As we move closer to embracing Web3, there are more and more terms for new technologies emerging. Getting to grips with a new technology or phrase can be daunting. Perhaps you’re one of the millions of people who began to hear the term ‘NFT’ in 2020-21 and thought, “what the heck is an NFT?” Or maybe you know a little but would like to learn more. We’ve got the basics covered!
What does the word ‘fungible’ actually mean? Fungible is “an item which is replaceable by another identical item; [an item which is] mutually interchangeable” Let’s use clothes shopping to illustrate this meaning.
We love a particular pair of sneakers, we can order these from an online retailer or buy them from a physical store. When we buy them, the retailer can pick any box and sell them to us. It doesn’t matter which pair they pick off the shelf as they’re exactly the same. Once they’ve been worn, and worn out, we can buy another identical pair. We could even stockpile them because we love them so much; there are thousands of pairs in the world, after all.
So, fungible = replaceable.
Now to look at the opposite – non-fungible. As you’ve probably guessed, this means something which is irreplaceable. For example, the painting ‘Sunflowers’ by Vincent Van Gogh is irreplaceable – there is only one of these in the entire world. Were this painting to be destroyed, there would be copies of it in existence, but they are not the Van Gogh masterpiece.
So, non-fungible = not replaceable.
An NFT is a strictly digital item, it only exists digitally, there is no physical version, though it can represent something from the physical world. The NFT is basically a token; an alphanumeric code that tokenises the digital item turning it into something you can own. Imagine it as a signature on a painting, the token represents Van Gogh’s signature declaring the NFT as the original.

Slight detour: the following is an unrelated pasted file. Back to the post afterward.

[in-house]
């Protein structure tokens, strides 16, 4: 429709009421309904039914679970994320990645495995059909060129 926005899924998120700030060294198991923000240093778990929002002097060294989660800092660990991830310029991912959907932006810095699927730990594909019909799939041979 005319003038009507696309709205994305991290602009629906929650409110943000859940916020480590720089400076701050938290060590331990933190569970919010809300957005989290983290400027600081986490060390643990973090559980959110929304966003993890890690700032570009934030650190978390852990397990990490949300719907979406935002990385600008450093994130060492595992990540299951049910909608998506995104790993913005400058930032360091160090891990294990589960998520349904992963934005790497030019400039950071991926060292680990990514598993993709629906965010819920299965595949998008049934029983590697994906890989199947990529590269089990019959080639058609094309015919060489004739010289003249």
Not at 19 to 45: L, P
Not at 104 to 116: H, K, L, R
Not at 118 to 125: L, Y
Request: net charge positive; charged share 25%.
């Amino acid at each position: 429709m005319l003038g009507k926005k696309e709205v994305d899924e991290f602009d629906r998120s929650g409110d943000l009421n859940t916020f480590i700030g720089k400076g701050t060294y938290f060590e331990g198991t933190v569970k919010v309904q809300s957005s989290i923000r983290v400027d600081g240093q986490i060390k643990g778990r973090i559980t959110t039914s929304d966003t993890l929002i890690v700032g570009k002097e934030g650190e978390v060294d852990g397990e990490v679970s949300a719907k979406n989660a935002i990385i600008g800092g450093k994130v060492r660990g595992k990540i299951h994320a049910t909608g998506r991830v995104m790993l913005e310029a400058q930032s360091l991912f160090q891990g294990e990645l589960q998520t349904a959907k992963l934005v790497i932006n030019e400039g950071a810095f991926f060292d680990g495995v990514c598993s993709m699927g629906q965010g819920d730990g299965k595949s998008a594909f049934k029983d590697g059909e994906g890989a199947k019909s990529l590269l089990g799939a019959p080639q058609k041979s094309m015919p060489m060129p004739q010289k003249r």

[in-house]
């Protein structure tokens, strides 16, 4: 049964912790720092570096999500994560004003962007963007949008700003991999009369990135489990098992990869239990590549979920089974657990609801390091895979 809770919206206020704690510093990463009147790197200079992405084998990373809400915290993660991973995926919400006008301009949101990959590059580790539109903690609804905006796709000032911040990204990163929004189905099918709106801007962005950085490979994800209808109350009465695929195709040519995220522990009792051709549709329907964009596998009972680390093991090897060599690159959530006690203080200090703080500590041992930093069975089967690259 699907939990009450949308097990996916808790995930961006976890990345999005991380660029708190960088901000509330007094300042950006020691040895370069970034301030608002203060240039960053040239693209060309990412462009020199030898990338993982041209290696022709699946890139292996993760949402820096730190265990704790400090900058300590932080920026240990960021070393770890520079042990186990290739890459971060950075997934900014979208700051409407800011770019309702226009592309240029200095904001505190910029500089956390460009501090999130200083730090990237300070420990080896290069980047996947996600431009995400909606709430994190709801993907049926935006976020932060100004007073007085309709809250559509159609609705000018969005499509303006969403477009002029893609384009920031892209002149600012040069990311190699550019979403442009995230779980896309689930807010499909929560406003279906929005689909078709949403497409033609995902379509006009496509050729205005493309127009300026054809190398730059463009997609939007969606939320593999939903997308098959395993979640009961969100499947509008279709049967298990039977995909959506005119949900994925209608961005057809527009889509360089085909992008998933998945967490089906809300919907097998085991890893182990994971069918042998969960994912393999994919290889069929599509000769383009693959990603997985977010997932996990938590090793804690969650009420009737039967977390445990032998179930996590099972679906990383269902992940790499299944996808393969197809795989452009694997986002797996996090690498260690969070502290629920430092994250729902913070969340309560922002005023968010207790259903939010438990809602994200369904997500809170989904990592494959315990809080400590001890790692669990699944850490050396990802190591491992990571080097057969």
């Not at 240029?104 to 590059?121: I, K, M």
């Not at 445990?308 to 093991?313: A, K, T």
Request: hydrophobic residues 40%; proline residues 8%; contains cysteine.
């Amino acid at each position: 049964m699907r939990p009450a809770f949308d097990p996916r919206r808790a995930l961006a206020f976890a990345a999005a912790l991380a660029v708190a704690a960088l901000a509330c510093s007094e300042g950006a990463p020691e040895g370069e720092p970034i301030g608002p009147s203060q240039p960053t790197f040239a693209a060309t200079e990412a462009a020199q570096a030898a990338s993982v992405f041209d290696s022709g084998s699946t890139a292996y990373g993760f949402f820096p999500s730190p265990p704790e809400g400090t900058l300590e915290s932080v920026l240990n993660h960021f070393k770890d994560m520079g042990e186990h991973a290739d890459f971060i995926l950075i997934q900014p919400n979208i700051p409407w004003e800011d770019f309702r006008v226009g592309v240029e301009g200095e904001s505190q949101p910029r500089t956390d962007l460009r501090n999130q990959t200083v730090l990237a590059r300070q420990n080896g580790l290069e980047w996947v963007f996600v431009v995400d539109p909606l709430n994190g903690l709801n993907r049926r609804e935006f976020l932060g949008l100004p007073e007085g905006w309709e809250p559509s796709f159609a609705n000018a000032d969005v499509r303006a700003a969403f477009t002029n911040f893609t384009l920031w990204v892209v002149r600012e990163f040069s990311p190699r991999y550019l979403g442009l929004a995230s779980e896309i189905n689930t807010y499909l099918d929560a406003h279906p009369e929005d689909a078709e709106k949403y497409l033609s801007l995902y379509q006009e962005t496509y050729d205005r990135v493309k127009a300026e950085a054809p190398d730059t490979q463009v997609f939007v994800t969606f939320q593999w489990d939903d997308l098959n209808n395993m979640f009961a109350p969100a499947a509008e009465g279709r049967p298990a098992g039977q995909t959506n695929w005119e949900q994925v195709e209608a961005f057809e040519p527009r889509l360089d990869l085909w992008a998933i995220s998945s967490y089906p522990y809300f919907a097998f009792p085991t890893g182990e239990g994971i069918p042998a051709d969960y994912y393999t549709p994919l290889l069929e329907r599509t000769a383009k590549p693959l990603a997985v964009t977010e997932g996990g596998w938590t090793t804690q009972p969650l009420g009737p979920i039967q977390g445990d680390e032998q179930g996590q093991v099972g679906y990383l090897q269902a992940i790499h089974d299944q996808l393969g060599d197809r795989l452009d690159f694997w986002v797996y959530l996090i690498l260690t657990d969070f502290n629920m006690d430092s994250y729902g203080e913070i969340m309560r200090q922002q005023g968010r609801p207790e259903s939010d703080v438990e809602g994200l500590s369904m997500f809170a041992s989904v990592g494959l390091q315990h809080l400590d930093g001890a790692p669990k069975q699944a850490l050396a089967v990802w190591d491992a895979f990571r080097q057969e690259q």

The token exists on the blockchain and, via the alphanumeric code signature, it can be tracked and traced via public records to show that you own it. We’ll come back to the blockchain soon.
One of the major arguments against NFTs is that the image or gif can be ‘right-clicked’ and saved to a PC or mobile phone. This argument is usually used to show that you can’t ‘own’ the item within the NFT.
Hopefully, you’re old enough to remember film-based cameras because we’re going to use them in this example (if not, it’s time to imagine!):
Before digital cameras became mainstream, film cameras were used by everyone. Once you snapped a photo the image would be stored as a negative on the roll of film. You’d send off the film for printing and receive a package of photos along with the original negatives.
Using that negative, you could feasibly produce hundreds of thousands of copies of a particular image, but only you own the negative – the original source of the image. That photo could be given to everyone in the world, be photocopied, scanned and reprinted infinitely, but the negative is the original and you own it. So, if for example, those millions of copies somehow were destroyed, you’d still have your original negative.